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Saturday 17 November 2018

Subsidies now account for half of farm incomes

'The report illustrates the extent to which dairying has reduced farmers' dependence on direct payments'. Photo: Stock image
'The report illustrates the extent to which dairying has reduced farmers' dependence on direct payments'. Photo: Stock image
Declan O'Brien

Declan O'Brien

Subsidies accounted for 47.3pc of agricultural incomes in 2017, a CSO study has found.

The publication highlights the continuing importance of subsidies to Irish farmers, and particularly to the regions associated with beef and sheep production.

The importance of direct payments to farm incomes - or what the report terms "the operating surplus of holdings" - varied across the country, the CSO analysis showed, ranging from a low of 33.8pc in the south-west (Kerry and Cork) to a high of 71pc in the midlands (Laois, Offaly, Longford and Westmeath).

The report illustrates the extent to which dairying has reduced farmers' dependence on direct payments.

Along with the south-west, the other dairy heartlands of the southeast (Waterford, Wexford, Kilkenny and Carlow) and the mid-west (Limerick, Clare and Tipperary) had the lowest dependence on direct payments at 40.5pc and 41.5pc of income respectively.

These regions have also seen an overall decrease in their dependence on subsidies since 2015 - although this trend is likely to rebound in 2018 due to the collapse in dairy farmer incomes.

For example, in the southwest subsidies accounted for 38.5pc of operating surplus on farms in 2015, but this fell to 33.8pc in 2017.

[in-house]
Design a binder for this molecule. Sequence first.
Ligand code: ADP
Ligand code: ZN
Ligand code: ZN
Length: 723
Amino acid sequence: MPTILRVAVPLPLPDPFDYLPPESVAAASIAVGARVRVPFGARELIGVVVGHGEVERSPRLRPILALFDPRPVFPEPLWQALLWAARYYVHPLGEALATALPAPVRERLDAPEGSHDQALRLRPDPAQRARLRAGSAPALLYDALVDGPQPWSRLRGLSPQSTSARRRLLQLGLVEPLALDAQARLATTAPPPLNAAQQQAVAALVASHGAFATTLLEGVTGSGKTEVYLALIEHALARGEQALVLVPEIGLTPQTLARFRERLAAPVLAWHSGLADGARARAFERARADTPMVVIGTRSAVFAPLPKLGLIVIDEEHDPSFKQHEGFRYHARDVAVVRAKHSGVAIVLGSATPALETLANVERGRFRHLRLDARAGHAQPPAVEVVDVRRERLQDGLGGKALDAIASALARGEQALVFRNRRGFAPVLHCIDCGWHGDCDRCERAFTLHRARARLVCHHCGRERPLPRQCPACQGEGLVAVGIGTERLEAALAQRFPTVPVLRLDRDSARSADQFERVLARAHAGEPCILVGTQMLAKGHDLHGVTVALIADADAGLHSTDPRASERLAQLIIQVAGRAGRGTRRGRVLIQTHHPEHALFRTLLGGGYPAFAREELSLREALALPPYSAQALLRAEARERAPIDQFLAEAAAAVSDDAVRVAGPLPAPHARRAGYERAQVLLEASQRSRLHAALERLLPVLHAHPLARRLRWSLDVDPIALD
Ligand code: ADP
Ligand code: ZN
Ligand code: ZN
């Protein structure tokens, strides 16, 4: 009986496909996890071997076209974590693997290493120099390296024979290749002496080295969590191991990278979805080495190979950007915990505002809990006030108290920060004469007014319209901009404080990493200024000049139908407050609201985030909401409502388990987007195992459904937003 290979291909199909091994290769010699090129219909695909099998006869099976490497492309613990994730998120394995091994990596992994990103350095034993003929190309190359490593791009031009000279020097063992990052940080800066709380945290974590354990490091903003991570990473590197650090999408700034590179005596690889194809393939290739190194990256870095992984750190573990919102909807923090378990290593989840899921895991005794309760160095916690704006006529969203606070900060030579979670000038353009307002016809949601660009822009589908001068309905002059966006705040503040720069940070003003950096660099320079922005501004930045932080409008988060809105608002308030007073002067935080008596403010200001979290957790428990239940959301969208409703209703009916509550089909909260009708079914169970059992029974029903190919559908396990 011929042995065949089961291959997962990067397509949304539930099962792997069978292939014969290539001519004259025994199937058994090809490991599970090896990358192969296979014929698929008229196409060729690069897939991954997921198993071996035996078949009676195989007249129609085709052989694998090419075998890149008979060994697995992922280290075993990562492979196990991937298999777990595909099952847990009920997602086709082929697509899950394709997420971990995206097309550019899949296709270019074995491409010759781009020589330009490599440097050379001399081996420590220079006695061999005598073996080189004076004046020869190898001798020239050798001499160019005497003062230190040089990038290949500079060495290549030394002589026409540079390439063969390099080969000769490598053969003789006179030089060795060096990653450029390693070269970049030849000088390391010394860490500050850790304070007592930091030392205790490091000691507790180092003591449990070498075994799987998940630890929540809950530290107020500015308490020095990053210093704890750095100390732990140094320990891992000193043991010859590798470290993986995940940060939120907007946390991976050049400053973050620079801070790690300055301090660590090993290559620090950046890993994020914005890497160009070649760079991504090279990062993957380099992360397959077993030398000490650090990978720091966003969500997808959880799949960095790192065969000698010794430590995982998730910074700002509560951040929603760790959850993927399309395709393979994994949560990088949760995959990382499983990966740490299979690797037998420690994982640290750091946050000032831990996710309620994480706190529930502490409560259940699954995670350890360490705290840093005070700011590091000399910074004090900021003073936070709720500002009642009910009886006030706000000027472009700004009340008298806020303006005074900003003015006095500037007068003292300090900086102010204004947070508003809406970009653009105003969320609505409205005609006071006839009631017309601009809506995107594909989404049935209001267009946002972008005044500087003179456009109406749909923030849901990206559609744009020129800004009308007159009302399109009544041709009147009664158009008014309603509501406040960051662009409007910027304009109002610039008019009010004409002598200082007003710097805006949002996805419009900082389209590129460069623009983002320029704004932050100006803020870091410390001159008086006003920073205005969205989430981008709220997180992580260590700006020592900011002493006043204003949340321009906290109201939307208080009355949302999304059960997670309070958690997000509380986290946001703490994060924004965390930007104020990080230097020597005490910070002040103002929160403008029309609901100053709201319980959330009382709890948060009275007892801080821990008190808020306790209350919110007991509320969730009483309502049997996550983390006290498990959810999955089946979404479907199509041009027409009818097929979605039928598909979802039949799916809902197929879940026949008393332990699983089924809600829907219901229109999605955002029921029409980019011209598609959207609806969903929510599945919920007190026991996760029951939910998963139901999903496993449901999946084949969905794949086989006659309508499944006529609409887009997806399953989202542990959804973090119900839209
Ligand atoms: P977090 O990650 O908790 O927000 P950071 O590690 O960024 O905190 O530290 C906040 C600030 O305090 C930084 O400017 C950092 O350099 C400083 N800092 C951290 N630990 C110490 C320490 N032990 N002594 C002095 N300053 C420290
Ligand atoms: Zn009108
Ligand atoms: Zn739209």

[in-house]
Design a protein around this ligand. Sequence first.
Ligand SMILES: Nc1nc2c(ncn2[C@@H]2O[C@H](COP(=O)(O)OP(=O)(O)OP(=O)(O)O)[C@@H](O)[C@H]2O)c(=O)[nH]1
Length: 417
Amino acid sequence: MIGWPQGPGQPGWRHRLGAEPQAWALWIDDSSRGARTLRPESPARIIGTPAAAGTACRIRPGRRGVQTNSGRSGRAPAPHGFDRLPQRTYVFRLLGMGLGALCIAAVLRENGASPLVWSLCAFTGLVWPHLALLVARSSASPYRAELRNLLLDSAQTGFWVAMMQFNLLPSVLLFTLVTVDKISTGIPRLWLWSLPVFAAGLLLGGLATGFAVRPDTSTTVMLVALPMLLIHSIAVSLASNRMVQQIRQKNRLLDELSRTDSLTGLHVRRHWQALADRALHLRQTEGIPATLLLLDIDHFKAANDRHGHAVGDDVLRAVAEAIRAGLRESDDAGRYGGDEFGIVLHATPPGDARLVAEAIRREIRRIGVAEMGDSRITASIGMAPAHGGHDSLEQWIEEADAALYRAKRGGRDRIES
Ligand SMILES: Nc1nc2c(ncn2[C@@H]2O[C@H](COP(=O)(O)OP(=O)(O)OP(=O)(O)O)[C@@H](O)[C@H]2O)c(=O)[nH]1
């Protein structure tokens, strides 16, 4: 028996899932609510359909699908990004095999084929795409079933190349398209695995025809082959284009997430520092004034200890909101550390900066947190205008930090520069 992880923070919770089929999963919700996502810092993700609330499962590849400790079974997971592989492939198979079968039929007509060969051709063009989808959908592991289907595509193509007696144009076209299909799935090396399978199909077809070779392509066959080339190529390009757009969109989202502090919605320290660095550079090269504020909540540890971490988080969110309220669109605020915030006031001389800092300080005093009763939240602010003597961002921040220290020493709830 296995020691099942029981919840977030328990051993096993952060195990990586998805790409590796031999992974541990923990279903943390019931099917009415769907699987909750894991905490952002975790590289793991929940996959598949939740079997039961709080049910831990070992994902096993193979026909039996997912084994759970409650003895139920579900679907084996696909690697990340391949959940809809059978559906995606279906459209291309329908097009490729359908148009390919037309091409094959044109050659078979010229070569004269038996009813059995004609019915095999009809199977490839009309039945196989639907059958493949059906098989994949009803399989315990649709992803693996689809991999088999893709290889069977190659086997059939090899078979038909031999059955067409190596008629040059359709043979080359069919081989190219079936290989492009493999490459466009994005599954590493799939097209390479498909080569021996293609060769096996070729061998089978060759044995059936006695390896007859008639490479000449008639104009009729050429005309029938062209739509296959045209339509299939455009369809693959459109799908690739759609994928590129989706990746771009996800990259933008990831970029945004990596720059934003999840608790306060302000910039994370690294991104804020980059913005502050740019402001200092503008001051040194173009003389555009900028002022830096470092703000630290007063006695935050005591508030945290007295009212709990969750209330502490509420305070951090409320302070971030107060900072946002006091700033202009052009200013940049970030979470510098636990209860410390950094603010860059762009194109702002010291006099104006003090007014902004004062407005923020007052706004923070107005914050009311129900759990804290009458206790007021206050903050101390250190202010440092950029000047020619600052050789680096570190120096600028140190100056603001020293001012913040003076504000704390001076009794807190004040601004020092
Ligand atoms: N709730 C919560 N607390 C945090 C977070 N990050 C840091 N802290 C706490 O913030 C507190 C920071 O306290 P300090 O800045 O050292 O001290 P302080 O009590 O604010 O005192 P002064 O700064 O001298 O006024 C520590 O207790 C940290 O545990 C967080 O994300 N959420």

A similar trend was seen in Dublin and the mid-east (Kildare, Louth, Meath and Wicklow), with subsidies accounting for almost 46pc of farm incomes in 2015, but just 42.3pc last year.

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In contrast, farmers in the west (Galway, Mayo and Roscommon) and border regions (Donegal, Sligo, Leitrim, Cavan and Monaghan) remain largely dependent on subsidies.

In 2015, subsidies accounted for 65.7pc of incomes in the west, but this figure increased to 70.1pc in 2017. Subsidies accounted for 55pc of farm incomes in the border region in 2015, with this figure rising to 58.2pc last year.

The study confirms that the greater southern region - which comprises the south-east, south-west and mid-west - remains the powerhouse of Irish agriculture. This region produced almost 55pc of farm output, 72pc of milk output and used 52pc of inputs.

Total output from agriculture grew from €7.4bn to €8.4bn between 2016 and 2017. Inputs increased from €5bn to €5.25bn in the same period, with the operating surplus jumping from €2.64bn to €3.46bn.

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